Prize-winning North American bird photos

Northern Cardinals reinforcing their pair bond won the Home Tweet Home Judges' Choice award and Eyewitness category. Photo by Kim Caruso

From the Cornell Lab of Ornithology’s NestWatch eNewsletter, September 2017:

Home Tweet Home Winners

In July we hosted our 4th annual Home Tweet Home photo contest. With great prizes on the line, including Zeiss binoculars and an exclusive artist-signed Eggs of North America print, we received over 630 entries! Narrowing down the winners was hard; luckily more than 1,300 people helped by wading through the contest gallery and voting for their favorites. Without further ado, your winners are:

Young Anna's Hummingbirds by Soo Baus

Anna’s Hummingbirds by Soo Baus: People’s Choice & Cutest Baby category

Northern Cardinals by Kim Caruso: Judges’ Choice & Eyewitness category [see top of blog post]

Northern mockingbird nest by Melanie Furr

Northern Mockingbirds by Melanie Furr: Nests and Eggs category

Young tree swallows fed by parent, by John Olson

Tree Swallows by John Olson: Feeding Time category

The judges also selected 15 Honorable Mentions that stood out as exceptional submissions. See the gallery of honorees here. Thanks to everyone who participated! We appreciate your gorgeous photos, kind comments, and discerning votes.


American migratory birds, new study

This video from the USA says about itself:

12 April 2013

Original documentary about the annual migration of billions of songbirds across the Gulf of Mexico and into North America. Features HD footage of hundreds of colorful songbirds.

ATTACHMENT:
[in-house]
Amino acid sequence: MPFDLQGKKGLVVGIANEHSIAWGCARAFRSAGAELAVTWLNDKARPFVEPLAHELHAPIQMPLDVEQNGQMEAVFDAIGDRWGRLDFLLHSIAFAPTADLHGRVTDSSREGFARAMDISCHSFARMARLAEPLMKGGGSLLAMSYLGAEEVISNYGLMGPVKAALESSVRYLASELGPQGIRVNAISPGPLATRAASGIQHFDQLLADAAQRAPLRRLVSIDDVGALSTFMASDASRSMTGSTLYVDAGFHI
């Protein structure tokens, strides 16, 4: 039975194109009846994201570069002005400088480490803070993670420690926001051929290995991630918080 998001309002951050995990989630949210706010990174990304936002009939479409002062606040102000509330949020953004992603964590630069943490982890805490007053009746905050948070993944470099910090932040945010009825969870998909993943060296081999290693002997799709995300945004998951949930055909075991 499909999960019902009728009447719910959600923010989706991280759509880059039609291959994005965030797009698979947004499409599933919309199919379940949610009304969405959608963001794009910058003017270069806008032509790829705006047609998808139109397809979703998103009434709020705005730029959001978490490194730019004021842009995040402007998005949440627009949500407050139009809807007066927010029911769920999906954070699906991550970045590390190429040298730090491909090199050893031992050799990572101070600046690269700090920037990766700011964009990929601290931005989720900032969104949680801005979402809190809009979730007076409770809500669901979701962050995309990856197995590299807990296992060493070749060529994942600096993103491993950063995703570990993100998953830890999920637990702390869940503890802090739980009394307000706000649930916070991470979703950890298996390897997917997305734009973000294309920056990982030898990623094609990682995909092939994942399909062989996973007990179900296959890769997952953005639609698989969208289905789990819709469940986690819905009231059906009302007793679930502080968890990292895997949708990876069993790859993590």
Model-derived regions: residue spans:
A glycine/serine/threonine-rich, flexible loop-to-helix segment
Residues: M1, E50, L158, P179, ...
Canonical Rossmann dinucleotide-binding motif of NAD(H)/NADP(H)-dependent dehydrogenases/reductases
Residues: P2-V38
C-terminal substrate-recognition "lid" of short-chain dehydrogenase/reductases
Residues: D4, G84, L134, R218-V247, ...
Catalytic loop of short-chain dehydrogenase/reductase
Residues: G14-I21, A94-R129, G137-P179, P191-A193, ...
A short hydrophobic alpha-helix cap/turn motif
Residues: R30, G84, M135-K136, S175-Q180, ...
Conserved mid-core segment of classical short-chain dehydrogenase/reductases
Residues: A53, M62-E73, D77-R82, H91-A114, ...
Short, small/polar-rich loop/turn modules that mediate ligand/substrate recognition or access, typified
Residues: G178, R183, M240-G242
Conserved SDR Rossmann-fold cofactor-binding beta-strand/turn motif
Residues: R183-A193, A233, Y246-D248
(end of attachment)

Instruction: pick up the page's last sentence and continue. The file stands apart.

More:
Try watching in HD: 720 or 1080p full screen (with fast connections). 1080p is the very highest quality for this movie and looks great!

It seems like the video loads with the player in the middle of the movie, so you have to move it back to the start.


In the spring hundreds of bird species move from the tropics into North America. As they make their way they eventually face the great barrier of the Gulf of Mexico. This arm of the Atlantic ocean is more than 900 miles wide, and more than 600 miles across from north to south.

While some birds skirt the edge of the water, the overwhelming majority-more than 200 species, and hundreds of millions of individuals-cross the unbroken plain of the gulf in a single flight of 20 or more hours.

Gulf Crossing is a record of trans-gulf migration on America’s southern coast: the expectation of arrival, the surprise each day of what birds appear, and the habitats they are found in. The experience is expanded by a scientific perspective on the phenomenon of migration, describing its geographic shape, the coastal habitats birds rely on, physiological cycles in birds, and the effect of weather patterns on bird flight.

Bird migration along the gulf coast is one of the most exciting and powerful natural experiences you can have. Millions of birds from hundreds of species are passing overhead each day, and you never know what’s going to show up. But despite the hundreds of nature documentaries that are made each year, the story of trans-gulf migration has never really been told before.

Gulf Crossing is an attempt to document this remarkable and moving natural phenomenon. The six episodes provide a comprehensive exploration of the Gulf crossing, from Spring to Fall, covering migration along the Upper Texas Coast, the arrival and breeding of birds in the north, and Fall migration in north Florida.

I hope this documentary will increase awareness and appreciation of America’s immense but vanishing natural heritage.